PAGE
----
Liverpool striker Luis Suarez is likely to be rested when Brendan Rodgers' former club Swansea visit Anfield in the Capital One Cup on Wednesday night.
The defending champions came through the last round with a 2-1 win at West Brom having fielded a team with an average age of 24 years 10 days, while seven of the 13 players used that night were under 22.
The Reds boss has admitted league performances are his priority and so the side he puts out in this competition will be shorn of first-team stars and Wednesday night is no different.
But he intends to pay every respect to the club he left in the summer, insisting the close relationship he had with Swans chairman Huw Jenkins remains strong and that actually helped when he went back to buy midfielder Joe Allen.
``It improved the Allen deal as I was able to speak to Huw and ask if there was a market for Joe and he came back to me and told me there was a possibility he could be sold,'' he said.
``We became close both professional and personally there and our relationship is still strong.
``Leaving there was sad but I knew I was coming to one of the biggest clubs in the world.
``We are not in contact as much - we would have spoken every day and had many great football conversations - but there is still that respect there and an admiration for the work they do.
``I always like to leave on good terms. There is no problem there.
``But we want to get through and nothing will get in the way of that. No sentiment gets in the way of wanting to progress to the next round.''
Garry Monk has praised the quality of Allen's performances for Liverpool.
The Wales international swapped the Liberty Stadium to Merseyside during the off-season for a fee believed to have been around the £15million mark.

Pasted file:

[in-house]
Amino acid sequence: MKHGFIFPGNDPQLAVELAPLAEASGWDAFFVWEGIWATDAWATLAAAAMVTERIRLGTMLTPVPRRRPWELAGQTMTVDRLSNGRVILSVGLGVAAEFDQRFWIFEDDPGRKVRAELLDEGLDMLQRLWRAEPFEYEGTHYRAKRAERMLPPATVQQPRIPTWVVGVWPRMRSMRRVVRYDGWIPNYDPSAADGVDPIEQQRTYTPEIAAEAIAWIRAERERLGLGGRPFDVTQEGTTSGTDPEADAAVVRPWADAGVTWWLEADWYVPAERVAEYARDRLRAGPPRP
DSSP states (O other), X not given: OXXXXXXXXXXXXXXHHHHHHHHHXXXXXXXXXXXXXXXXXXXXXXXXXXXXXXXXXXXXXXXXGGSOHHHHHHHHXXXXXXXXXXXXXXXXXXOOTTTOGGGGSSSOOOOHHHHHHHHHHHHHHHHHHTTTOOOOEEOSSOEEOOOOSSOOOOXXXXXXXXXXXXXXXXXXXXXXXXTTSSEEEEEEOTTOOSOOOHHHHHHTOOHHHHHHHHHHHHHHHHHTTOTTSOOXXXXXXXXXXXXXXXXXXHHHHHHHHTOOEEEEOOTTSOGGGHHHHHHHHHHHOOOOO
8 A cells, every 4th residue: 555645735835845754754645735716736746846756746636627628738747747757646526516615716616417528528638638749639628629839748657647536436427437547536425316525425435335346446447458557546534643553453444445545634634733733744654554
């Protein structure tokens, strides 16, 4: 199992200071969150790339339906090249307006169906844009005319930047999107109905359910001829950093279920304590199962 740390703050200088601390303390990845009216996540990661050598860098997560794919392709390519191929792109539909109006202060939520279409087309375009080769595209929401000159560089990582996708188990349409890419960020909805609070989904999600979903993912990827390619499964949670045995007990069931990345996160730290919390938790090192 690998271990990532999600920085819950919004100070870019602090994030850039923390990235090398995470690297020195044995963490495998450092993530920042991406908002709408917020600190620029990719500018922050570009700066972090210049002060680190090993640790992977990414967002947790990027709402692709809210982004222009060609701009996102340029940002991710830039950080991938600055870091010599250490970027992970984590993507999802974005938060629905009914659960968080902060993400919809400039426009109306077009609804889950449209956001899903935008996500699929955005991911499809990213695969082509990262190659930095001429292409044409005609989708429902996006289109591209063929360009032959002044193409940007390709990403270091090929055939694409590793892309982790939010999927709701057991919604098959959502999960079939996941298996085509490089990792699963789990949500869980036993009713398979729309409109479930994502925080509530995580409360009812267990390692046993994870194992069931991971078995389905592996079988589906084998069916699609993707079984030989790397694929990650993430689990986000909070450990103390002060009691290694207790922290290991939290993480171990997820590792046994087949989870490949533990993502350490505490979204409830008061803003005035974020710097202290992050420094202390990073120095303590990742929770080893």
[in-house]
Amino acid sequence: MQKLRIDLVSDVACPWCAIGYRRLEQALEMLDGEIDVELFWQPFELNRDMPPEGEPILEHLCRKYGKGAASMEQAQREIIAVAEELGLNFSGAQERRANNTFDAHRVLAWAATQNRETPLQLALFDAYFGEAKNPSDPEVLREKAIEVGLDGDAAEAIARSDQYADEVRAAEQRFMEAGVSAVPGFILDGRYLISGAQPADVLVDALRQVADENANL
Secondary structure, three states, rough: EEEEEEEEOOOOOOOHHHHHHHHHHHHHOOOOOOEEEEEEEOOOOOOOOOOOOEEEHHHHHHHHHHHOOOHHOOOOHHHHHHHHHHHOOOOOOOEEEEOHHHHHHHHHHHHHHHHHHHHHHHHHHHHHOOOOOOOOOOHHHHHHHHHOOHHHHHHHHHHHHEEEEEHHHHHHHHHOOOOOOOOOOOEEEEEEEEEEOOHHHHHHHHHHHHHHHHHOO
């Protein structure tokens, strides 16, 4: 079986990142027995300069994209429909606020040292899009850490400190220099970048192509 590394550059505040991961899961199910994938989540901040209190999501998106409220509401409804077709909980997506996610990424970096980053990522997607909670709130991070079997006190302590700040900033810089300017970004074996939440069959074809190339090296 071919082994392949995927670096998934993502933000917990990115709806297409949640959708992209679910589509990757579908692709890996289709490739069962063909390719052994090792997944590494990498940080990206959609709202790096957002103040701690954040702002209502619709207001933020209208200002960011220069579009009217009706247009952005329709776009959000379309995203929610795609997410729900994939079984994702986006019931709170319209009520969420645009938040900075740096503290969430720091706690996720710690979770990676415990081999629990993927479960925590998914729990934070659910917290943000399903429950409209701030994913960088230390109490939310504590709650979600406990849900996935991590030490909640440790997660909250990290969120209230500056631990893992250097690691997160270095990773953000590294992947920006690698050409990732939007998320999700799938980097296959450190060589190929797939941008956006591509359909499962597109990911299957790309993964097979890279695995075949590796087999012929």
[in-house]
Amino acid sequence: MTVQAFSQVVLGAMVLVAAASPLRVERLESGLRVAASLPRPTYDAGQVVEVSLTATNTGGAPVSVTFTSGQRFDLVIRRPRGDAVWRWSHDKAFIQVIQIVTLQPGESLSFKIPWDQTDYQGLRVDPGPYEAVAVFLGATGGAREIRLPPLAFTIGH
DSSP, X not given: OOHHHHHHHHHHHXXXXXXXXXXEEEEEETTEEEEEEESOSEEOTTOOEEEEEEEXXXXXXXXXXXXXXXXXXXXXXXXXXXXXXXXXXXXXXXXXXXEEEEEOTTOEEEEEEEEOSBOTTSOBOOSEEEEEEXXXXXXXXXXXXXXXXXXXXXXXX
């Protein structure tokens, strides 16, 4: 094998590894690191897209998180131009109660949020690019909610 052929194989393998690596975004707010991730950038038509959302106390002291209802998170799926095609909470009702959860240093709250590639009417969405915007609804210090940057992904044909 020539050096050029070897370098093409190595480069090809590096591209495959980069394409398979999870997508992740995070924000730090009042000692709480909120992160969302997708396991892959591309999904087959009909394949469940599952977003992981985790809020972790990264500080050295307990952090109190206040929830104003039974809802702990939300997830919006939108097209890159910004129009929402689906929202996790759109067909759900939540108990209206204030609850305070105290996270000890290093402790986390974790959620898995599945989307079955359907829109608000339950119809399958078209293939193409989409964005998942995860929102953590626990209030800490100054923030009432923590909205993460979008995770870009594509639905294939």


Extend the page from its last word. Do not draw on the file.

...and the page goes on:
There were plenty who questioned whether Allen was worth a fee of that size, despite his fine performances for Swansea last season and during the Olympics in the summer.
The 22-year-old has quickly proved his doubters wrong, settling quickly into the Reds midfield with his assuredness in possession perfectly fitting Rodgers' gameplan.
Having come through the youth system at Swansea, the last-16 clash will doubtless be a strange experience for Allen, but Monk says the Swans squad have been delighted to see their old team-mate make such an impression.
The defender said: ``He is a top player. Everyone knows his quality as a player, and he is a great lad too. A few of us have had a bit of banter with him, winding each other up.
``But it will be great to see him, I am really glad to see he is doing so well. He is a great lad and a great talent and he is proving it now at a very high level.''
While Allen can expect to get a reasonable reception from the Swansea fans, Rodgers is likely to face some hostility from those disappointed by his decision to leave south Wales, despite the huge career opportunity a move to Liverpool represented.
Monk was Swansea club captain for Rodgers' two seasons at the helm, and he hopes the fans will remember the service the Northern Irishman did for the club in getting the Swans over the final hurdle into the Premier League.
``When you look at it, it is the hardest hurdle to make it from the Championship to the Premier League, and then to sustain it,'' he added. ``We managed to sustain it convincingly during the first season and that has given us the platform to push on into the second season.
``It is important the fans remember that but we are there to win a game, all that matters is what we do as Swansea City.
``I think if a few want to show their views that is up to them but the main thing I would say to the fans is back the team from start to finish, whatever you do before or after game is entirely up to them, but during that 90 minutes just focus on the boys on the field as that is all that matters.''